Alex Weitz: Luma

by Bea Willis

Alex Weitz is a saxophonist and composer who cut his teeth at the University of Miami Frost School of Music. This impressive jazz musician’s talent has grown exponentially since that time. March of 2013 saw Weitz’ debut release Chroma.  On his latest release Luma, he furthers his legacy as an outstanding saxophonist and composer. Weitz’s saxophone playing is a blend of great ideas, intense technical facility, crisp and clear tone, and swinging time, all delivered with a penetrating emotionalism. Appearing on this set of nine Weitz originals are three likeminded musicians: pianist Tal Cohen, bassist Ben Tiberio and drummer Michael Piolet.

These gentlemen are as tight in their playing together as fraternal brothers. These musicians are not recent “jazz school” graduates offering watered down varieties of the music of their heroes, instead they are forging ahead with strong originals and their own powerful voices on their respective instruments. They play beautifully together on Luma. “Did You Know” is the opener. Weitz’ strong saxophone sound is right in your face, with a rhythmic opening line, followed by a composition that exhibits maturity in its development and form. “Did You Know” has multiple feel changes and band hits to keep it moving along.

“Outer Noise” is a modal up-tempo burner. The melody exhibits fascinating rhythmic interest and feels with memorable lines. The whole track takes off as Weitz builds his solo the intensity catapults. The drum work by Piolet is stunning, Weitz’s and Piolet’s connection has something to do with the fire this track offers. Heartfelt solos all around, the group keeps the interest high.

“Song for Peace. Pt. 1” is a soulful ballad with a beautiful melody that again has a form that is entertaining and musically sound.  Weitz’s playing creates a singing quality for the melody, but once the band arrives at the solo, they build with Weitz and Cohen’s accompaniment is a big part of success on this tune. Tiberio’s solo is melodic and moves around the register of his bass nicely. Piolet’s brush work is very effective too.  Weitz is a generous leader, allowing each player to have their shine in the spotlight, but when Weitz takes the spotlight, he proves why he is the lead player on this date, with no question in his agility and prowess.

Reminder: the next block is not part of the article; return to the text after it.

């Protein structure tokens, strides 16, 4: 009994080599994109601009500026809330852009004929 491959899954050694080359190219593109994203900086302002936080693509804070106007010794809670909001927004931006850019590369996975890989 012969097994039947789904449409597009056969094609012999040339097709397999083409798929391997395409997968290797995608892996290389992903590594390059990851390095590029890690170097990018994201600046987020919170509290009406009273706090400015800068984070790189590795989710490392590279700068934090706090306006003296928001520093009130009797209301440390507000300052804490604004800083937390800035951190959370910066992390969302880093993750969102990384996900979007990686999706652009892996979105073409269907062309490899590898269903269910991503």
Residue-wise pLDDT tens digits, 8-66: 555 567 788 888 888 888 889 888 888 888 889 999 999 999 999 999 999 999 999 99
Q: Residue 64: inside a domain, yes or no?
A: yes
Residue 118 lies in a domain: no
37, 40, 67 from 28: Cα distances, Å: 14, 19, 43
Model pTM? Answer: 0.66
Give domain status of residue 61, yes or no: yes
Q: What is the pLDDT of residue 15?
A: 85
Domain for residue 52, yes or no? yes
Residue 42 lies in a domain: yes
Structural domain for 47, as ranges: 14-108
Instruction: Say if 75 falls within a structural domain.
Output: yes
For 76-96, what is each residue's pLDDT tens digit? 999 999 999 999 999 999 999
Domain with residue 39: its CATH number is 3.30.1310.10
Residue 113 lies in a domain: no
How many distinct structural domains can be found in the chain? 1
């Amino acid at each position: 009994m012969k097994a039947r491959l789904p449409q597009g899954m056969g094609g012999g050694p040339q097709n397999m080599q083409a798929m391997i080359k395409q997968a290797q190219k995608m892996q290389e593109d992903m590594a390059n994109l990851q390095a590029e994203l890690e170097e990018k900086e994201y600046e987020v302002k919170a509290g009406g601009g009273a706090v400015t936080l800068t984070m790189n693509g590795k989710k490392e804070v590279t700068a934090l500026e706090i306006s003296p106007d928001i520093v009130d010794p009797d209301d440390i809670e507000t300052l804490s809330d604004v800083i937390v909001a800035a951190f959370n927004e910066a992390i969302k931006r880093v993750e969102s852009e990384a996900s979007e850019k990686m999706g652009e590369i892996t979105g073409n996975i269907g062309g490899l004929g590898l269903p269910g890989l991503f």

Another strong track from all concerned is “Azalea,” all players are locked tightly and swinging as woven as they can be! Just listen to Tiberio and Piolet hook up and propel the swing. Weitz is ripping it up, as if his life depended on it! This track shows the full power of the quartet, strong melodies during Weitz’s solo and the whole band cooks through the solo, providing an excellent foundation for Weitz to showcase his diversity as a player.

This is a top-notch album from a band that could not be any more in sync.  Pushing their music forward, their own way, with their own style. The recording is clear, warm and swinging with each track overflowing with inspired playing.



Tracks to sample first: “Did You Know,” “Outer Noise,” “Song for Peace. Pt. 1” and “Azalea.” The song to take a chance on is “Reminiscence.”

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